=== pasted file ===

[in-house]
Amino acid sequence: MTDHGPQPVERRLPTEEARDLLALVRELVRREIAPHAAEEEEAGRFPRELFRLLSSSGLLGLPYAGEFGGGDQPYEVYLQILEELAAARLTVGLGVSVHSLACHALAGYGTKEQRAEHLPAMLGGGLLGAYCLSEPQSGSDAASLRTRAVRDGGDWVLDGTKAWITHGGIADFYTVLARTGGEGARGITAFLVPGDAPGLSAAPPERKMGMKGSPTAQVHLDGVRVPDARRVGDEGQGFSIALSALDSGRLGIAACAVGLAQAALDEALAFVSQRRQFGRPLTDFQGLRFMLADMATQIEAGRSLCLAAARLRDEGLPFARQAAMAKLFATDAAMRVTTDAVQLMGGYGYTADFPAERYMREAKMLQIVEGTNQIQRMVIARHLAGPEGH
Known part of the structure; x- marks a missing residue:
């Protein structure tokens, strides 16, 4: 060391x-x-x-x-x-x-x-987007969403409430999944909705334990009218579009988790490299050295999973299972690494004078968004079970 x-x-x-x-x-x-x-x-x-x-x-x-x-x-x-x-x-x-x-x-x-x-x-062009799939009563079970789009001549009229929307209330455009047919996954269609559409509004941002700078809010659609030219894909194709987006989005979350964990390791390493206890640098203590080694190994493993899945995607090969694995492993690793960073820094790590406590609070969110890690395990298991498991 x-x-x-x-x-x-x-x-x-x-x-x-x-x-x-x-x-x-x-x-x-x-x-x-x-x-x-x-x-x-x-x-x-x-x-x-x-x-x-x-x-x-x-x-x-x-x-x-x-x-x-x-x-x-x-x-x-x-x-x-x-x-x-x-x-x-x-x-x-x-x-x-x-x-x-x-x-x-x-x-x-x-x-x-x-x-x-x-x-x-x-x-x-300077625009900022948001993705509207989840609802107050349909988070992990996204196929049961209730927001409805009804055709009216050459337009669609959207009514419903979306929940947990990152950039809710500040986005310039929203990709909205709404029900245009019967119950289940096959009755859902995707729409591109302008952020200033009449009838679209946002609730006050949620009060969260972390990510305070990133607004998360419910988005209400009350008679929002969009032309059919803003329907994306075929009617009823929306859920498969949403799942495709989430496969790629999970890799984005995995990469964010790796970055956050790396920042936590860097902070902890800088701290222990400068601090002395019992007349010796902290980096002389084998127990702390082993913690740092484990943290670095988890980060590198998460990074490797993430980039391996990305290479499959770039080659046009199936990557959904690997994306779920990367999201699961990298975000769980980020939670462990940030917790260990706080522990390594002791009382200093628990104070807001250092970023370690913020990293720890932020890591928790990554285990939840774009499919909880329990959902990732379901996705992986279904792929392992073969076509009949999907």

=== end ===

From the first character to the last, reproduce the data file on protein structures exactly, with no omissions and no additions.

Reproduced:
[in-house]
Amino acid sequence: MTDHGPQPVERRLPTEEARDLLALVRELVRREIAPHAAEEEEAGRFPRELFRLLSSSGLLGLPYAGEFGGGDQPYEVYLQILEELAAARLTVGLGVSVHSLACHALAGYGTKEQRAEHLPAMLGGGLLGAYCLSEPQSGSDAASLRTRAVRDGGDWVLDGTKAWITHGGIADFYTVLARTGGEGARGITAFLVPGDAPGLSAAPPERKMGMKGSPTAQVHLDGVRVPDARRVGDEGQGFSIALSALDSGRLGIAACAVGLAQAALDEALAFVSQRRQFGRPLTDFQGLRFMLADMATQIEAGRSLCLAAARLRDEGLPFARQAAMAKLFATDAAMRVTTDAVQLMGGYGYTADFPAERYMREAKMLQIVEGTNQIQRMVIARHLAGPEGH
Known part of the structure; x- marks a missing residue:
């Protein structure tokens, strides 16, 4: 060391x-x-x-x-x-x-x-987007969403409430999944909705334990009218579009988790490299050295999973299972690494004078968004079970 x-x-x-x-x-x-x-x-x-x-x-x-x-x-x-x-x-x-x-x-x-x-x-062009799939009563079970789009001549009229929307209330455009047919996954269609559409509004941002700078809010659609030219894909194709987006989005979350964990390791390493206890640098203590080694190994493993899945995607090969694995492993690793960073820094790590406590609070969110890690395990298991498991 x-x-x-x-x-x-x-x-x-x-x-x-x-x-x-x-x-x-x-x-x-x-x-x-x-x-x-x-x-x-x-x-x-x-x-x-x-x-x-x-x-x-x-x-x-x-x-x-x-x-x-x-x-x-x-x-x-x-x-x-x-x-x-x-x-x-x-x-x-x-x-x-x-x-x-x-x-x-x-x-x-x-x-x-x-x-x-x-x-x-x-x-x-300077625009900022948001993705509207989840609802107050349909988070992990996204196929049961209730927001409805009804055709009216050459337009669609959207009514419903979306929940947990990152950039809710500040986005310039929203990709909205709404029900245009019967119950289940096959009755859902995707729409591109302008952020200033009449009838679209946002609730006050949620009060969260972390990510305070990133607004998360419910988005209400009350008679929002969009032309059919803003329907994306075929009617009823929306859920498969949403799942495709989430496969790629999970890799984005995995990469964010790796970055956050790396920042936590860097902070902890800088701290222990400068601090002395019992007349010796902290980096002389084998127990702390082993913690740092484990943290670095988890980060590198998460990074490797993430980039391996990305290479499959770039080659046009199936990557959904690997994306779920990367999201699961990298975000769980980020939670462990940030917790260990706080522990390594002791009382200093628990104070807001250092970023370690913020990293720890932020890591928790990554285990939840774009499919909880329990959902990732379901996705992986279904792929392992073969076509009949999907």